This classic beef wellington from Gordon Ramsay is a challenge, but once you’ve mastered it you’ll never look back. Read our cookery team’s tips to help you on your way…
For the perfect beef wellington…
Keep it air-free
Drape over the top layer of pastry very carefully, smoothing it down with your hands as you go. You don’t want any air trapped between the pastry and the meat.
Sealing the pastry
Use the rounded end of a fork or spoon handle to seal the edges rather than the prongs of a fork – using the prongs will only pierce the pastry rather than joining it.
Lower the chances of the edges separating by giving yourself lots of room – and don’t trim the pastry too close to the meat.
Use up leftover pastry
Any leftover pastry is fine to use for something else, even if covered in egg. Simply roll it into a ball and refrigerate until needed.
The trick is to get the pastry cooked through but have the meat still pink in the middle. This is easier to do in the quantities specified in the recipe because the duxelle and prosciutto will stop the fierce heat (needed to cook the pastry) from getting through too strongly to the fillet and will ensure it stays nice and rare. However, if you halve the ingredients the pastry will still take the same amount of time to cook but the barrier ingredients will be reduced, resulting in over-cooked meat.
Rest your wellington in-between each stage of wrapping. Once you’ve added the ham, wrap it tightly in cling film then pop it in the freezer for 30 mins to firm up. When you wrap it in the pastry, make sure it’s really well sealed and freeze again for 30 mins before baking. To bake, place seal side down on a pre-heated roasting tray – this will ensure the pastry starts cooking right away and reduces the chance of any of the filing leaking out. 40 mins cooking time is optimum and use a digital thermometer to check that the meat in the centre is cooked to your liking. Rare will be 50-55˚C, medium rare 55-60˚C, medium 60-65˚C and well done 65-70˚C.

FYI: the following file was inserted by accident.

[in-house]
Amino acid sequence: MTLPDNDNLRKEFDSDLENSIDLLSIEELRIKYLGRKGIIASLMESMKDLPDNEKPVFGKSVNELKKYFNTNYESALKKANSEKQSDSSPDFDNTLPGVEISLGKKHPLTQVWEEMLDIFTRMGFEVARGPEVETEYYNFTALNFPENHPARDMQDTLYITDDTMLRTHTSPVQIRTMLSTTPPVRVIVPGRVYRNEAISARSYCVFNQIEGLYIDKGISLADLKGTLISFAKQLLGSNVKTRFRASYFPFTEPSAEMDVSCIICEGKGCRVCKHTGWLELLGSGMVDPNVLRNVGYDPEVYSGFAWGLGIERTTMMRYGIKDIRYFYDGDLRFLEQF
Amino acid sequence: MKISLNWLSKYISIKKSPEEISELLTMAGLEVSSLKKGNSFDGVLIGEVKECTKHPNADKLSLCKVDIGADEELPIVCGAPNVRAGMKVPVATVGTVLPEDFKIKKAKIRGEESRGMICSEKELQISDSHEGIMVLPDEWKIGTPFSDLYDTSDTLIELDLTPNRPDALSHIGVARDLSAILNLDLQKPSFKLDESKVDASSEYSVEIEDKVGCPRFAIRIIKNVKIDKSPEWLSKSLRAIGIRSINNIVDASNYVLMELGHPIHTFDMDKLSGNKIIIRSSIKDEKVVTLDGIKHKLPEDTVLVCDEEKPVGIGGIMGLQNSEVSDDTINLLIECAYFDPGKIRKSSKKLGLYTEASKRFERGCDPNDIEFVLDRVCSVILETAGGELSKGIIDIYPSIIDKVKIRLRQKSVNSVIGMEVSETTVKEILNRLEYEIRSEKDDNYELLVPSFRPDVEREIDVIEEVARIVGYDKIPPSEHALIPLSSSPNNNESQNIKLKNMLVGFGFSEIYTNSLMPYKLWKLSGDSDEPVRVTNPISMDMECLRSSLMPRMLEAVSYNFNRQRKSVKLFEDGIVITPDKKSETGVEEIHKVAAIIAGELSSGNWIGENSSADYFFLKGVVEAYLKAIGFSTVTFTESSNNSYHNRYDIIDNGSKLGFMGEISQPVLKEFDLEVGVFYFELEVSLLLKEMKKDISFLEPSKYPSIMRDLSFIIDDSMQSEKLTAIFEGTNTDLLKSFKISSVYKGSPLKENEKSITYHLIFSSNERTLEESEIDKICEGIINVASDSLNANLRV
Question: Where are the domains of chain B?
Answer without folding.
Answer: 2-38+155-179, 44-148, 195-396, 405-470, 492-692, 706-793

Pack in the flavour
Boost the flavour of your duxelle with wild mushrooms or a drizzle of truffle oil if you have any.
We’ve tried this recipe in a classic style with pancakes (instead of the cured ham) and pate in place of the duxelle and we found pancakes make it too heavy and less flavourful and using a pate produces a dish that is overly rich. Do try and experiment with other meats though – venison is excellent in a wellington and so is a cannon of lamb.
Gordon Ramsay’s tips
Brush the meat as well as the pastry with egg wash. This will make the top layer of pastry stick to the meat and stop it from rising and leaving a gap.